Grasping at Truth: Why I Write My Depression

Because it's the only way to know that what I think is true, is how I felt. 

Content Warning: depression, mental illness

I have written so much about my depression. I’ve written about it for everything from my college newspaper, to this very blog, to online Christian blogs, to seventeen.com.

Some people ask me why I do it. Why would I put so much of myself out there, when being mentally ill is still looked down upon by a huge slice of society. Why would I risk future jobs and future loves and future friends by being so honest about the things that, you’d think, make me weak, make me less-than. Why would I open myself up to people’s judgement and condemnation when I could just keep it all inside, lock it in a box and throw the key away and no one would have to be the wiser.

And there’s an answer to every one of those questions, a good answer: because the only way to eradicate stigma is for someone to fight it, and I can be that person; because being depressed, anxious, bipolar doesn’t make me weak, and if anyone in my potential future thinks it does, that’s on them, and not on me; because keeping my stories locked inside has only ever eaten away at my soul, at my heart.

Those are all good answers, and they’re true answers. But they aren’t the truest answer, they aren’t the deepest answer.

See, the truth is, my depression brain lies to me. It lies to me when I am depressed and tells me how bad I am, as a human, how little I deserve, how much I should let it all go; and it lies to me when I’m not depressed, telling me those things never happened, telling me I merely overreacted, telling me nah girl, you’re crazy!

My brain tells me I’ve lost it; that my feelings and thoughts were mere fabrications, close upon conjectures.

You never felt like that.

You’re making things up for attention.

I can’t believe you would do something like that; this is why nobody likes you.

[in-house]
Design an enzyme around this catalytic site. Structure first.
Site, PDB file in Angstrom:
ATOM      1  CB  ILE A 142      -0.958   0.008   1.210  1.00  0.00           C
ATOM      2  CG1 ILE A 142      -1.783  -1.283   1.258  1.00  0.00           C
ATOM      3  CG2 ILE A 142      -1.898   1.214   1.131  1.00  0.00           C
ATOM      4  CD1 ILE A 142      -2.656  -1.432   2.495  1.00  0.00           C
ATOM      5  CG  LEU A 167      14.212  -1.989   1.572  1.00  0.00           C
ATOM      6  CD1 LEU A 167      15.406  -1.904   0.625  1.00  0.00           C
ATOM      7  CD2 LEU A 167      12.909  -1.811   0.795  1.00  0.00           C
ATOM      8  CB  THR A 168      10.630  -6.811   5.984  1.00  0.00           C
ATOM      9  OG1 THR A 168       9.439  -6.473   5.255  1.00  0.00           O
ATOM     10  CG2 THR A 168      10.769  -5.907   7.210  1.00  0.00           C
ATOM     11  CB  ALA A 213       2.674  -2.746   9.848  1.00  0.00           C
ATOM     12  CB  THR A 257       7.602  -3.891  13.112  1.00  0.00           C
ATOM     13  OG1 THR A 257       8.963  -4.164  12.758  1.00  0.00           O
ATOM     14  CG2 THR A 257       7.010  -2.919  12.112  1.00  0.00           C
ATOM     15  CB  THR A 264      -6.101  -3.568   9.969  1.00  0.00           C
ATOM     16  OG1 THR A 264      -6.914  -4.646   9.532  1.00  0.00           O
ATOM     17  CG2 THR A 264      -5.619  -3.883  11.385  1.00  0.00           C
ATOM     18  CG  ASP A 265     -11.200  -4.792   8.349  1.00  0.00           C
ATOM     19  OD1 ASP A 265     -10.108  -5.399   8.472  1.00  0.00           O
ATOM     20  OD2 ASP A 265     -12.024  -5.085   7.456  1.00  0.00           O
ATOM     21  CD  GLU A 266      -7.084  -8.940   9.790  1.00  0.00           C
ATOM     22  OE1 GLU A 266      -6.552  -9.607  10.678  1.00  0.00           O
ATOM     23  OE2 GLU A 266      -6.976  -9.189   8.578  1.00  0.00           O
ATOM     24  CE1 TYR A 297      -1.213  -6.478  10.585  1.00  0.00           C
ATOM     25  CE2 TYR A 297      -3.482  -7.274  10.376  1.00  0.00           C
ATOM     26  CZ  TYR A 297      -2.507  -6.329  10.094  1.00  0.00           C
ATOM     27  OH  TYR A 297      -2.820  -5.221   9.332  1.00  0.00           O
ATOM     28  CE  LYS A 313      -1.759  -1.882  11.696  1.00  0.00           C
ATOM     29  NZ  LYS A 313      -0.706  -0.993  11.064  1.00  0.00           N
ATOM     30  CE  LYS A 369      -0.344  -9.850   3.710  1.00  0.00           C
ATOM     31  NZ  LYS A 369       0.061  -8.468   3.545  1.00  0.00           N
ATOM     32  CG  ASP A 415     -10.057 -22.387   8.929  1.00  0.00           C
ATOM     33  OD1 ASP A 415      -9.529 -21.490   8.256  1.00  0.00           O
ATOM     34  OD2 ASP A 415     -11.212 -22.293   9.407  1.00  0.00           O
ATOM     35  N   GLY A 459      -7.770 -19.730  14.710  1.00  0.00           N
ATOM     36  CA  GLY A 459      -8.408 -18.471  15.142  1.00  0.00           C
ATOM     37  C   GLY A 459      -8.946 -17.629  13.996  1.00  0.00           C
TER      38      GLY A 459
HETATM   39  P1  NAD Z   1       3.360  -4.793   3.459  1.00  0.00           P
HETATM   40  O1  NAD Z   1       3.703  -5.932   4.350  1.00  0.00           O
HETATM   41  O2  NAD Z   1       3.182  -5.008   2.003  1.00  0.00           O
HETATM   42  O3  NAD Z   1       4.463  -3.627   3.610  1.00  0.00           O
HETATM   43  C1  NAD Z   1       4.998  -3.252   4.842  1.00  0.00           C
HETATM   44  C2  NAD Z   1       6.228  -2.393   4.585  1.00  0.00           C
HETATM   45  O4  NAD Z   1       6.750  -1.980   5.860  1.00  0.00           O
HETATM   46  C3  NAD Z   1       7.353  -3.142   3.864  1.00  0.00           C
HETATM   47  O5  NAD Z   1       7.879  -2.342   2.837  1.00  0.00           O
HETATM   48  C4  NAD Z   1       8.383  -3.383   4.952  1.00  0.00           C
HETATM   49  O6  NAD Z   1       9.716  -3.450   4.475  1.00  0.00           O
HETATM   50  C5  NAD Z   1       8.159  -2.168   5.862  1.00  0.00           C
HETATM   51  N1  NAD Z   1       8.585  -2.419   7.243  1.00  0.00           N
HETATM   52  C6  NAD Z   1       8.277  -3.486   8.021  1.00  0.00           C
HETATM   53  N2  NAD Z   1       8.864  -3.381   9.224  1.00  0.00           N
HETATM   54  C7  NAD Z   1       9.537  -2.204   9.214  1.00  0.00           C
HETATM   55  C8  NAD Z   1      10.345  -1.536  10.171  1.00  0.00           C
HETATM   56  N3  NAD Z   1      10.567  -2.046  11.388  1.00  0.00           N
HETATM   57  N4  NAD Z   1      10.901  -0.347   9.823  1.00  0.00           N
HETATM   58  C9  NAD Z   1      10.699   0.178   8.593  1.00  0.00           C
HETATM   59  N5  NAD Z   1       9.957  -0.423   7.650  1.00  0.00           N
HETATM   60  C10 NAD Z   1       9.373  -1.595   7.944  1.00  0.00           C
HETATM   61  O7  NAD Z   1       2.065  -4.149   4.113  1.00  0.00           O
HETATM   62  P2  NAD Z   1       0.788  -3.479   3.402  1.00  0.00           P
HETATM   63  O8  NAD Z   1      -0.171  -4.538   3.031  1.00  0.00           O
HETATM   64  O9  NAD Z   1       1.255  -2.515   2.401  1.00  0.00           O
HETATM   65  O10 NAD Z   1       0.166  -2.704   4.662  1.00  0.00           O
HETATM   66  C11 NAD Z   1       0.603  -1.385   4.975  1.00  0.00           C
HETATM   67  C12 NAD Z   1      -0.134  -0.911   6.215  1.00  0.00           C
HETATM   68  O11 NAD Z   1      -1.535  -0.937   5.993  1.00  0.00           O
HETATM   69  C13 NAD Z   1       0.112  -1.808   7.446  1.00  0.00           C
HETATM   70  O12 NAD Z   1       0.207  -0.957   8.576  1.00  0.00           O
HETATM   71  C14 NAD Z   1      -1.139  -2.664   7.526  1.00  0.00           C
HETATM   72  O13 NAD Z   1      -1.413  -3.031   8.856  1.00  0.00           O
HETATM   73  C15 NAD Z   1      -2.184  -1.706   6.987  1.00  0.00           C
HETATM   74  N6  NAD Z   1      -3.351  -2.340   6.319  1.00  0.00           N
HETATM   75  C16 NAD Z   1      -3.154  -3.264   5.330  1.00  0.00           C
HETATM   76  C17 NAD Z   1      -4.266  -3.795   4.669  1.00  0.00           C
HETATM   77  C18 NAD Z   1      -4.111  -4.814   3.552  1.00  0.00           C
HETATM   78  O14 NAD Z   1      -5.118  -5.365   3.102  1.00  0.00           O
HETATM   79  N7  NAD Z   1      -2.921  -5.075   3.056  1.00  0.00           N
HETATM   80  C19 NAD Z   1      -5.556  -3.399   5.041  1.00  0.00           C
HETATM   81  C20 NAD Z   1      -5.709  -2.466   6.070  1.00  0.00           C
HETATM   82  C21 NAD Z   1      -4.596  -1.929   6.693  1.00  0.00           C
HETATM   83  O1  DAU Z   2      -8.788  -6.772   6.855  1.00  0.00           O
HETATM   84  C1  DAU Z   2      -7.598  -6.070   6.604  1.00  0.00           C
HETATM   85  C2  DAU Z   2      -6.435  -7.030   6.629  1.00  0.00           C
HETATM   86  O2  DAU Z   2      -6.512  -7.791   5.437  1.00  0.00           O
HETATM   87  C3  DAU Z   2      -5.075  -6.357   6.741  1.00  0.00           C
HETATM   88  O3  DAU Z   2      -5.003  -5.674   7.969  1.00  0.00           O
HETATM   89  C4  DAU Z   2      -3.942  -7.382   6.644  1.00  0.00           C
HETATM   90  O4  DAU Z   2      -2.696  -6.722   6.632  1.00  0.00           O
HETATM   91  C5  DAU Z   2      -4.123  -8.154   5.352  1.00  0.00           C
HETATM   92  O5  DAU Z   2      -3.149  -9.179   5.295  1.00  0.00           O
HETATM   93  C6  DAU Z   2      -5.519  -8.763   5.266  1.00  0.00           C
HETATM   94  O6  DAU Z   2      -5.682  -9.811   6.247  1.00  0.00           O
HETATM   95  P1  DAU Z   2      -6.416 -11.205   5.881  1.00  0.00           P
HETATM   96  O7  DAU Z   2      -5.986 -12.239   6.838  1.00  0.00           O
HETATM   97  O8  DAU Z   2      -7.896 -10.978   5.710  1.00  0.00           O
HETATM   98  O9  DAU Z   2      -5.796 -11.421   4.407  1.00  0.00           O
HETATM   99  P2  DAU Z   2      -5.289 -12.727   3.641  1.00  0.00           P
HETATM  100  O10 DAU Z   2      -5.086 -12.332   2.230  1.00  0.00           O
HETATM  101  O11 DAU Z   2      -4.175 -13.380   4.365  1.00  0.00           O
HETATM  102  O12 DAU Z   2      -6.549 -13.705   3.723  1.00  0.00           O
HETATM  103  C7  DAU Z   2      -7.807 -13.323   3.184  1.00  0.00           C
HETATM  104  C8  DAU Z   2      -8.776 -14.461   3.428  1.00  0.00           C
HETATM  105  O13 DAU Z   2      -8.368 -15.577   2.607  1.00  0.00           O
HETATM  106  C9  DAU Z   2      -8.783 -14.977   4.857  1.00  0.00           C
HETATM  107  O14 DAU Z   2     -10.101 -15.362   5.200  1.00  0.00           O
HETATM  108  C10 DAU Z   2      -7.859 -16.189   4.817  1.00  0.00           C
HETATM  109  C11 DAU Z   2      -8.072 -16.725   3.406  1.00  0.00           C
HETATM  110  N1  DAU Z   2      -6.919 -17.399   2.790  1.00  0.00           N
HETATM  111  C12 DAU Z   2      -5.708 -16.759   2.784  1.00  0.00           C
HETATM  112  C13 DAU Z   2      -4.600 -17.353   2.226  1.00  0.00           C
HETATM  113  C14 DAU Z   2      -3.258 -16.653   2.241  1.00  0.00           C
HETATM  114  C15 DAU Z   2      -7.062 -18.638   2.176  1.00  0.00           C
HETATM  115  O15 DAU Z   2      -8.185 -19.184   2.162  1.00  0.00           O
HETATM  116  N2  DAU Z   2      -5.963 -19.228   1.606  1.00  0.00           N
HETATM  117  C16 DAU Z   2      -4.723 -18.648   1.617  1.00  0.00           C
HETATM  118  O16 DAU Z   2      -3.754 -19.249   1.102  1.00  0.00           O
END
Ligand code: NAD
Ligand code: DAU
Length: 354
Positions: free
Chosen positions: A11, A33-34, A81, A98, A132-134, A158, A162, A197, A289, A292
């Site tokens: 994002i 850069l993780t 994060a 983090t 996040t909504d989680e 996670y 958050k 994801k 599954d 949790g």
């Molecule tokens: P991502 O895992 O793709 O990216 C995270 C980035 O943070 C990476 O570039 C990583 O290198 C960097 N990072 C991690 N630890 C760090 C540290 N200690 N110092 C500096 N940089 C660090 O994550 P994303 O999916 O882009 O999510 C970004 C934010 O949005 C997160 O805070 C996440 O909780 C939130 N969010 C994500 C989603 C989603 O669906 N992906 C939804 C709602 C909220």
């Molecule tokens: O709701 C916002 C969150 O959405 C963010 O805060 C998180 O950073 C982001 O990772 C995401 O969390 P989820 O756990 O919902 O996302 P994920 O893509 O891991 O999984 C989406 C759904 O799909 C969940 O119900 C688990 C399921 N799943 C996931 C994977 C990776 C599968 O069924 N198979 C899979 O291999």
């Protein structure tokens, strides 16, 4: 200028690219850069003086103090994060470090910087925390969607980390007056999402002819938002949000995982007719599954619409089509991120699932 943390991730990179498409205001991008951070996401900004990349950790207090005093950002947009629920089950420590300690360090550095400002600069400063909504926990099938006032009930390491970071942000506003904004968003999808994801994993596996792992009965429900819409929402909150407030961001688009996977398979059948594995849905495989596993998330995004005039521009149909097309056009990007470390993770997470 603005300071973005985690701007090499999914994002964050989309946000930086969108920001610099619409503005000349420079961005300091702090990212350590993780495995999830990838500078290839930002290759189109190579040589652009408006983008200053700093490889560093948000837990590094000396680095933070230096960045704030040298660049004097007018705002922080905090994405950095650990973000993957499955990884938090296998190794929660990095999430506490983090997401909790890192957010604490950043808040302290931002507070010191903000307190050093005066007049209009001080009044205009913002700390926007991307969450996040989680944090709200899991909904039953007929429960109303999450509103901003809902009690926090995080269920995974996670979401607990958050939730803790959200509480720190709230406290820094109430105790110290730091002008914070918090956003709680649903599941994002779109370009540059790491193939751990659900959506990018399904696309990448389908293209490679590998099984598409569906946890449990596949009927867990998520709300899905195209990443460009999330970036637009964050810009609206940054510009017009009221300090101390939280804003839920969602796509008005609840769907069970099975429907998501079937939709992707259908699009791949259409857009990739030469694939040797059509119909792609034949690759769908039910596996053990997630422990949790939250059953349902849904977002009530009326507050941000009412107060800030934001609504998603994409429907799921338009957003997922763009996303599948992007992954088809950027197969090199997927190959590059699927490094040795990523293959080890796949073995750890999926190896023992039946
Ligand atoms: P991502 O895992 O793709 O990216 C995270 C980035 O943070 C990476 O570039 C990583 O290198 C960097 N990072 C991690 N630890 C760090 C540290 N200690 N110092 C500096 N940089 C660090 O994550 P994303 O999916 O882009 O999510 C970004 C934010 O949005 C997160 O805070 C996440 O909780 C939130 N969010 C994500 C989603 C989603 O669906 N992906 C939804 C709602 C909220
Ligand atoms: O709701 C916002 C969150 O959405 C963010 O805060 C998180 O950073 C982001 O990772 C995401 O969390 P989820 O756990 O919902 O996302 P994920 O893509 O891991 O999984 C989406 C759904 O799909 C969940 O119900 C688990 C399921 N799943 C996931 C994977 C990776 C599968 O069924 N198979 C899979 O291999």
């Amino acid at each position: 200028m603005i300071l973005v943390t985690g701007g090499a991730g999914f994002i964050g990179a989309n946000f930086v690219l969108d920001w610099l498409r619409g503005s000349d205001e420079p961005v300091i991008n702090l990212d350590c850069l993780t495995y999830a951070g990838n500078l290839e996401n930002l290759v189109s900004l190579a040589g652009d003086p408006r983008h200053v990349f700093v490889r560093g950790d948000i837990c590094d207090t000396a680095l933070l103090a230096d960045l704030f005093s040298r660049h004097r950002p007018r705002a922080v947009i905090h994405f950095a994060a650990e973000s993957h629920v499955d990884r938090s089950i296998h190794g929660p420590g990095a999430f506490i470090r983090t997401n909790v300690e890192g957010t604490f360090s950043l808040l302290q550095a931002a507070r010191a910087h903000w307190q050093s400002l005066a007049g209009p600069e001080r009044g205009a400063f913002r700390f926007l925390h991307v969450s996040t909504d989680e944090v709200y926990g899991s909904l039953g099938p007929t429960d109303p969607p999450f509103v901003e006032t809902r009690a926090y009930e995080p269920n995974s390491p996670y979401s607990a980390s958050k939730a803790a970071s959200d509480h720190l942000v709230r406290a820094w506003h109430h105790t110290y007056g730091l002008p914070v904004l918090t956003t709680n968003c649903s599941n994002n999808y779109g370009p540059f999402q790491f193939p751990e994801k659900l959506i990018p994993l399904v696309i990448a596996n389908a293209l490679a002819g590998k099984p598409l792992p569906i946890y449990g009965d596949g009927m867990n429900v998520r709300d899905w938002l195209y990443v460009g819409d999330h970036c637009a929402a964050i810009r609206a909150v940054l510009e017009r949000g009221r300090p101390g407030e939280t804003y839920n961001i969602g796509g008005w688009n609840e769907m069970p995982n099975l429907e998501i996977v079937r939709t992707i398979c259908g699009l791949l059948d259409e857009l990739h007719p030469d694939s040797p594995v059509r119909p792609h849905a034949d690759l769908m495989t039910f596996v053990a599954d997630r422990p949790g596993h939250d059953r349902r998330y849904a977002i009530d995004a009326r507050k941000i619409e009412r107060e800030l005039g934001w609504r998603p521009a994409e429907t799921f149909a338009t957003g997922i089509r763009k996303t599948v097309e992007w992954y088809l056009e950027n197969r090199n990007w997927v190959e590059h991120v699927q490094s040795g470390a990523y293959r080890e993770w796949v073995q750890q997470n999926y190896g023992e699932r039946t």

I can grit my teeth, squeeze my eyes shut and just try to fight it off; I can try to grin and bear it and hope it’ll pass; I can beat my fists against the wall and scream; nothing works, though. The uncertainty remains.

Did I conjure those emotions out of nowhere? Did I really feel that poorly? Is it really all in my head?

And so, I write my depression. I chronicle the swings, trying to catch all of them, the highs and the lows, knowing I’ll miss a few, knowing that regardless I’ll be better off with any of them caught in the feathery arms of my journal, my blog, the Internet.

The Internet is harsh and full of judgment, but it lasts forever, and therefore the next time Depression whispers in my ear that I’m crazy, that there’s nothing where I think there’s Something, I know how to fight back.

A Depressive Morning, And Learning Just to Breathe...

This morning I woke up and burrowed my head in my pillow, pulled the covers up over my body and stayed in bed way later than I should have. I drank coffee and read the paper and stared at my computer screen. Twice I tried to go eat breakfast. Twice I couldn't muster the energy to grab the box of cereal from the cupboard and pour the milk.

"Just open the blinds and it'll be better," I thought. It doesn't take much to pull the shutters open, but after I'd done that I sank back onto bed, exhausted.

I contemplated going back to bed. I started watching YouTube videos (BookTube, aka Book YouTube, is my new favorite Internet corner) and my stomach growled, so accompanied by the voice of a girl talking about her favorite books, I went to the kitchen.